Whether sailing a private yacht or enjoying a walk along the coast, Malta’s marinas are beautiful spots at which to spend a sunny summer’s afternoon. The archipelago is one of the most important maritime hubs of the Mediterranean Sea and the islands are lined with natural and manmade ports. Follow our guide to the most beautiful harbours in Malta and discover the charms of Valletta’s Grand Harbour, the colourful Marsaxlokk, Gozo’s Mgarr Harbour, and many more.
Grand Harbour is not only one of the most spectacular harbours in Malta, it’s one of the most impressive in the world. An important hub of Maltese maritime history, the harbour is flanked by the striking capital of Valletta on one side and the historical towns of Vittoriosa, Senglea and Cospicua on the other. Fort St Elmo and Fort Ricasoli stand guard the head of the port, while its mouth is guarded by the commanding Fort St Angelo, a historic defence fortress. The harbour has many berths catering to yachts, visiting cruise liners and cargo vessels, with Vittoriosa Yacht Marina home to the super yachts of the rich and famous, making it a popular attraction for boating enthusiasts.
On the other side of Valletta lies Marsamxett Harbour. Filled predominantly with leisure vessels, the harbour has a number of berthing filled with the boats of visitors and locals. In the middle of the harbour is Manoel Island, home to Fort Manoel – an 18th century fortification built by the Order of Saint John. Sail directly to the island or access it by a single road from the mainland.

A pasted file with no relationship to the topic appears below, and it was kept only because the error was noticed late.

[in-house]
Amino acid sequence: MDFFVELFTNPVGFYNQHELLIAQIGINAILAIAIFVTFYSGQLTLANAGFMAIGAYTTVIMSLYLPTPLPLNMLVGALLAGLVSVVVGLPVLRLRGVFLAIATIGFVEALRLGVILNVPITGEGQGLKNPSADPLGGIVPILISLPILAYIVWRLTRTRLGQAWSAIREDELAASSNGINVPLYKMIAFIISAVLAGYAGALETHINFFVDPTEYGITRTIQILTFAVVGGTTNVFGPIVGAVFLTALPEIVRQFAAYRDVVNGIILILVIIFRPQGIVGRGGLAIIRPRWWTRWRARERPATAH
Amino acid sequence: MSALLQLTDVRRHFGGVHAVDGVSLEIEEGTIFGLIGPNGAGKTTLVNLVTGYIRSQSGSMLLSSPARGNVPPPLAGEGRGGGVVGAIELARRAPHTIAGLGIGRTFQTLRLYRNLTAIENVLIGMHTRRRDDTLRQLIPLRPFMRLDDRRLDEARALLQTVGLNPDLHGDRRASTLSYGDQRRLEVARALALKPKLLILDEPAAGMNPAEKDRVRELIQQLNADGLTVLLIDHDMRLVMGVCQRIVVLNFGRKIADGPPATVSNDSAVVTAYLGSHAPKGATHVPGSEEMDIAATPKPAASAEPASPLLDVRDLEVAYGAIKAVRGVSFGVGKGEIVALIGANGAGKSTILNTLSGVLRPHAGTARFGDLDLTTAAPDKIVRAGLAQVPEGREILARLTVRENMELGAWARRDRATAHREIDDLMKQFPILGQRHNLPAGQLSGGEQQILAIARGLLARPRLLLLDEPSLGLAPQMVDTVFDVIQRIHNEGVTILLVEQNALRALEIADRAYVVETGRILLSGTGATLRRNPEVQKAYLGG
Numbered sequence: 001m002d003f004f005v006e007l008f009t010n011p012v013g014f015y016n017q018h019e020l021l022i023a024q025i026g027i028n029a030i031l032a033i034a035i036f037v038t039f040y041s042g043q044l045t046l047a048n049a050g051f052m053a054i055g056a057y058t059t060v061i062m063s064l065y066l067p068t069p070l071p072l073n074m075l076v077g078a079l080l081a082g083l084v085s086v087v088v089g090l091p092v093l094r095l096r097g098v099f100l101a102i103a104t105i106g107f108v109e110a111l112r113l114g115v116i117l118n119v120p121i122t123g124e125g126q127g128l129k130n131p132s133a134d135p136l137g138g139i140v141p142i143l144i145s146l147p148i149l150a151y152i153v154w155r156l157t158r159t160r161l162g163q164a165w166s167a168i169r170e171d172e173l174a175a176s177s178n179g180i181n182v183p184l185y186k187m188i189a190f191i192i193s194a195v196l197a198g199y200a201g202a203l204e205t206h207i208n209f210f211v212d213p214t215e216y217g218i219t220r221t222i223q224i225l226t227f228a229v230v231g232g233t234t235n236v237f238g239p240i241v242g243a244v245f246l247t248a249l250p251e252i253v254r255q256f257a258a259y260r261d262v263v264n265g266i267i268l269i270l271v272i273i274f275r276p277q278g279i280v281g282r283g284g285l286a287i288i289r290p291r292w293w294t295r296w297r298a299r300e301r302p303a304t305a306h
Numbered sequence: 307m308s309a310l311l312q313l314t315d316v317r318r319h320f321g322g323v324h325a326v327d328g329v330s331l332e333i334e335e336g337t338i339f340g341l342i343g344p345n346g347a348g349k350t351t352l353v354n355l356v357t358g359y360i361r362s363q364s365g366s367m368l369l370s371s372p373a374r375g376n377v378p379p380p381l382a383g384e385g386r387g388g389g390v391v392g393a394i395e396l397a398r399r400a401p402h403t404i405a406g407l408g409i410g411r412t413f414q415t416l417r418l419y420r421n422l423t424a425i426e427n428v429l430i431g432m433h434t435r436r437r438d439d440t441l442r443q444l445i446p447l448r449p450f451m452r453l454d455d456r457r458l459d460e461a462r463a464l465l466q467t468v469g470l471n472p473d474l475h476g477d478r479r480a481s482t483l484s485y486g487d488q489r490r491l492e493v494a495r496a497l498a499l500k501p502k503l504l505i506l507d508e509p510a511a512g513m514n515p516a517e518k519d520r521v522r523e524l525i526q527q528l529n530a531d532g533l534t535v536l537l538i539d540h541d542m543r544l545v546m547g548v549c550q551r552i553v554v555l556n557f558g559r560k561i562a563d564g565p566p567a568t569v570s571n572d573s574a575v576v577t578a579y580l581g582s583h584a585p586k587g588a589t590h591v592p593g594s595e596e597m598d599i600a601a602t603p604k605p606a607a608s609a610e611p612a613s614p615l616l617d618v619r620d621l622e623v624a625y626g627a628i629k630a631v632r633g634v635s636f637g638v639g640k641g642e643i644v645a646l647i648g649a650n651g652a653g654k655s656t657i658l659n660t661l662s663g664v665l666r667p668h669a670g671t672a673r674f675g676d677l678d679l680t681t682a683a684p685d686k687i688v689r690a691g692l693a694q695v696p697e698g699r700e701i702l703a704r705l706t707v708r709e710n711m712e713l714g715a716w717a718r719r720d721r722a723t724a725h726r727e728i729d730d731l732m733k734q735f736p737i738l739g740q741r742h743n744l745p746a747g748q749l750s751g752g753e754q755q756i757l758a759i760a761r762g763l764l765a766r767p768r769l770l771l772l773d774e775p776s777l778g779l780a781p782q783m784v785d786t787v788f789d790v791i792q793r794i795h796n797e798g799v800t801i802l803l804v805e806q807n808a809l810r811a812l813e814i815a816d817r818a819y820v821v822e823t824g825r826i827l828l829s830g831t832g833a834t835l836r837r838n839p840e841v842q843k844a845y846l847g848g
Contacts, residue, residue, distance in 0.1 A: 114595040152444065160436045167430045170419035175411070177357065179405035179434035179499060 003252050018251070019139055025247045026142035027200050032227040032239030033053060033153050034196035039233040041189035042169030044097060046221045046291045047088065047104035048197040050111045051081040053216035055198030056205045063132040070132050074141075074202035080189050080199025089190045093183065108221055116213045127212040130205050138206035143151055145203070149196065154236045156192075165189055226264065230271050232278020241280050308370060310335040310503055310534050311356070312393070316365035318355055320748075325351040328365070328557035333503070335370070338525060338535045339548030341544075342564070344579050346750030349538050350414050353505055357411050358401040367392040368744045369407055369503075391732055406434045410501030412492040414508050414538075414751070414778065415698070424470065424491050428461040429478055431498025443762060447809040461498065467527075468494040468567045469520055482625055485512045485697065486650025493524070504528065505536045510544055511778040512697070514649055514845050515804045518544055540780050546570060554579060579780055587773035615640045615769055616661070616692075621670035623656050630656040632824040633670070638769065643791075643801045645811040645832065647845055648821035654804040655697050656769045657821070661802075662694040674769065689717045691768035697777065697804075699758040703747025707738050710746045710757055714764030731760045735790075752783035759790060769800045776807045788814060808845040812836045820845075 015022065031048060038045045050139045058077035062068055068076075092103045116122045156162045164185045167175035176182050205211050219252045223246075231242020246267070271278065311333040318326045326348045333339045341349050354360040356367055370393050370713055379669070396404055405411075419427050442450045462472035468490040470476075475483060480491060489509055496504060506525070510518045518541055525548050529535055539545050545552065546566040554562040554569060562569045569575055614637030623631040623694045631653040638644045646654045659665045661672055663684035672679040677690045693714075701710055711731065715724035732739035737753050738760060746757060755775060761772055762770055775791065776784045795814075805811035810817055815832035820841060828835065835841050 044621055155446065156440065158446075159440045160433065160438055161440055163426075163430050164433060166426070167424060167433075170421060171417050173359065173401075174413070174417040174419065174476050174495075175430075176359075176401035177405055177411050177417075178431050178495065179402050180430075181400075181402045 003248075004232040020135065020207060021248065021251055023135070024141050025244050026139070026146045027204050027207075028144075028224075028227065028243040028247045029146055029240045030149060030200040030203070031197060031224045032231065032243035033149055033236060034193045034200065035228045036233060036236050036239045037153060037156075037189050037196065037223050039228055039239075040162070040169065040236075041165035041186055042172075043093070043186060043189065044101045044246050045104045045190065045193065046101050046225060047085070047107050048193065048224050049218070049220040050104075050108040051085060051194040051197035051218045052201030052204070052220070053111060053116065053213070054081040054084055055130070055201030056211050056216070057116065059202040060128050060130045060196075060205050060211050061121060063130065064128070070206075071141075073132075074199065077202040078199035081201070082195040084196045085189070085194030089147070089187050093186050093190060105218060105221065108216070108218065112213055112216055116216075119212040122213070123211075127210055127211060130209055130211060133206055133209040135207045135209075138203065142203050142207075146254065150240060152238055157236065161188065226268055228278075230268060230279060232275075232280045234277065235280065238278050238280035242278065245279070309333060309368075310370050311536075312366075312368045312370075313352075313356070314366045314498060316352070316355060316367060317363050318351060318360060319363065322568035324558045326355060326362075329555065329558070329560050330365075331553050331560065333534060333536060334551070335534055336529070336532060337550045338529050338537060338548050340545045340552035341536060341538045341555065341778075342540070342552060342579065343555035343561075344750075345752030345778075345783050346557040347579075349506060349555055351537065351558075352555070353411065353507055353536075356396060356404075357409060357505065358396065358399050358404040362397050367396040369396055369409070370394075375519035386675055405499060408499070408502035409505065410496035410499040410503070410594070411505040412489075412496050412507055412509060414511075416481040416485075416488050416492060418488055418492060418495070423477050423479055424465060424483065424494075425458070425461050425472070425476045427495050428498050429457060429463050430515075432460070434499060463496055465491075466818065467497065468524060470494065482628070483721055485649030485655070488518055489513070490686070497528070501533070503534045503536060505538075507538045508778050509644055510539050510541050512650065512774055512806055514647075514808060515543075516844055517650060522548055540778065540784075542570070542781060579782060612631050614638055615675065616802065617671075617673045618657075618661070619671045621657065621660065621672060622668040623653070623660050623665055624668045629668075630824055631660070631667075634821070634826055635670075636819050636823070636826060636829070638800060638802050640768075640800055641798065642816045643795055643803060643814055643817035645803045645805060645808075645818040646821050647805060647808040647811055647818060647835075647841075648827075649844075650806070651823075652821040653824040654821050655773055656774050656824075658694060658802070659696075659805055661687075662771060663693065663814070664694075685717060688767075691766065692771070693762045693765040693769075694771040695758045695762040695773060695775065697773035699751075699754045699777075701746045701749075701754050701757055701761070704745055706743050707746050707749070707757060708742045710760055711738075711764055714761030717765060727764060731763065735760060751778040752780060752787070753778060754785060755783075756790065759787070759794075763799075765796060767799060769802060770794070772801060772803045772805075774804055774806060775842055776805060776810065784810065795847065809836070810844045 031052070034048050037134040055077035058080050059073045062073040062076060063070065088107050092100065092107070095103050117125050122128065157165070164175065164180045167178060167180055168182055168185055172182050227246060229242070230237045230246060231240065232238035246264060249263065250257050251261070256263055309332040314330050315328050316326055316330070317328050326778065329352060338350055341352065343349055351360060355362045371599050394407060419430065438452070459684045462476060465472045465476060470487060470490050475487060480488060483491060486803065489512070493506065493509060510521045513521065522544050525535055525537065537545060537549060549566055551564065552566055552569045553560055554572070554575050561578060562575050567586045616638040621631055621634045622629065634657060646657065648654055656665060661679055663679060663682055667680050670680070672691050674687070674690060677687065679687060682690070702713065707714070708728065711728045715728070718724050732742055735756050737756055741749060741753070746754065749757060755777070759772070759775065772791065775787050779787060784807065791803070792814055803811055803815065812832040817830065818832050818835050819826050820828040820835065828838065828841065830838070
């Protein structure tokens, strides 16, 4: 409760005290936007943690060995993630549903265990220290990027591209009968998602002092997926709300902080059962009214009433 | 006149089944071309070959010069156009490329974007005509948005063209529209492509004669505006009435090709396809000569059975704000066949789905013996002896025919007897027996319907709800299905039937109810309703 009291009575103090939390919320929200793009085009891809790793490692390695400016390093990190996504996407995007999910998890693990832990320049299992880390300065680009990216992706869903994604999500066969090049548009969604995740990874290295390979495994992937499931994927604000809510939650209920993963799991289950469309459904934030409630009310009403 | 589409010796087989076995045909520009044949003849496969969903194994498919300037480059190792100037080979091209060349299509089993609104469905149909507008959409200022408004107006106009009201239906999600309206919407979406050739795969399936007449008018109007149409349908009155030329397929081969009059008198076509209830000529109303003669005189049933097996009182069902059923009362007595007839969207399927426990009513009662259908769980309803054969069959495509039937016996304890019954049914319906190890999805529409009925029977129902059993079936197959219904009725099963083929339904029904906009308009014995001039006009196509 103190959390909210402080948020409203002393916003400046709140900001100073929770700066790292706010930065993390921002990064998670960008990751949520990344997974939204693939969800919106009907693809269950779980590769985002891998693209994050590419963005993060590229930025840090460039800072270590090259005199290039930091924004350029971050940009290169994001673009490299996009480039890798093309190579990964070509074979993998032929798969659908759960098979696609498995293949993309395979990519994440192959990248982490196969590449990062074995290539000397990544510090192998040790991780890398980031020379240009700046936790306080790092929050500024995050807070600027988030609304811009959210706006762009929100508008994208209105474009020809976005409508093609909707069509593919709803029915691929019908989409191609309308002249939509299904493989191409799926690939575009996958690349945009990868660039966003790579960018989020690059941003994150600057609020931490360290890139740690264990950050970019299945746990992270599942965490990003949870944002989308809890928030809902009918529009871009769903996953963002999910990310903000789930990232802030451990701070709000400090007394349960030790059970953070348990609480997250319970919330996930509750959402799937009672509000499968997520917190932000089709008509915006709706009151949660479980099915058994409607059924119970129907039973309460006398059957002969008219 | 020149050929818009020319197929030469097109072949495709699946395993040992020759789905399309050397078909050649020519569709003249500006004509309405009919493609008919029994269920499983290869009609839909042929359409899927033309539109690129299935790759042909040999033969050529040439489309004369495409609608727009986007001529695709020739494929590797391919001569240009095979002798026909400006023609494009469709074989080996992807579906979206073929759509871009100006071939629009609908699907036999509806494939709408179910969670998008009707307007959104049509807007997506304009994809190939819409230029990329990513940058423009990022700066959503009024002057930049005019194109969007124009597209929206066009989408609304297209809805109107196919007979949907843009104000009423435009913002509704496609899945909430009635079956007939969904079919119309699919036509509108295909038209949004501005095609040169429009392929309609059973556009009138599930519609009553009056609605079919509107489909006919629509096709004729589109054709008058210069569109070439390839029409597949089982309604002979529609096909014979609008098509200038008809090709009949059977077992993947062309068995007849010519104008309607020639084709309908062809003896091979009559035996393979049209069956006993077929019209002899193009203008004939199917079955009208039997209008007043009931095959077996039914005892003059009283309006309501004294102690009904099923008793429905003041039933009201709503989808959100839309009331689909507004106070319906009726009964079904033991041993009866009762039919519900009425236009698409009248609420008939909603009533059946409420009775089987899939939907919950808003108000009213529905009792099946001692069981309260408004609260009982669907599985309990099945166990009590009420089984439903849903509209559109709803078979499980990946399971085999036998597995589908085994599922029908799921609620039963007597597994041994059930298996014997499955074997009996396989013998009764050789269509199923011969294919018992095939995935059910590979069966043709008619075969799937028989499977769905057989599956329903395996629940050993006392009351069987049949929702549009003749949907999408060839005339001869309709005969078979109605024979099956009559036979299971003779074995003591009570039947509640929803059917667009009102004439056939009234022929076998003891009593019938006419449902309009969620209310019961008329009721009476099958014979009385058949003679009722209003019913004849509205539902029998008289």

On the south side of Malta, alongside the fishing village of Marsaxlokk, is a beautiful harbour of the same name. Marsaxlokk harbour is famous for its brightly painted fishing boats, known as luzzus. The boats are traditionally decorated with blue, yellow, red and green stripes, and feature a pair of painted eyes on the bow. While the harbour is less popular with visitors due to its distance from the capital, it’s worth a visit if not just to gaze at the boats and dine on fresh seafood at the harbour’s restaurants. There’s also a popular fish market on Sundays.
St Julian’s Bay, close to Corinthia Hotel St George’s Bay, borders the thriving area of St Julian’s. The bay is home to a number of harbours, including Portomaso Marina, a popular place to moor yachts and super yachts, and several small bays where boat enthusiasts take their vessels out for a spin. Spinola Bay, a small cove lined with restaurants and bars, is one such place, which sees an influx of boats on a sunny day.
While there are many beautiful harbours in Malta to explore, it’s also worth sailing over to Gozo, the second largest of the Maltese islands. The main port of Gozo is Mgarr Harbour, a beautiful marina with a number of births, including a super yachts area for those extra special vessels. After dismounting at the harbour, there are plenty of things to do close by. Gozo is greener and more rural than Malta, and is a thriving hub of adventure sports, water sports, culture and nightlife.
Are you an art lover or culture vulture holidaying in Malta? Well, you’ll be pleased to find that this Mediterranean island may be small, but it packs a punch when it comes to art and culture. Here are six recommended destinations to add to your itinerary to experience the best of Malta’s art scene.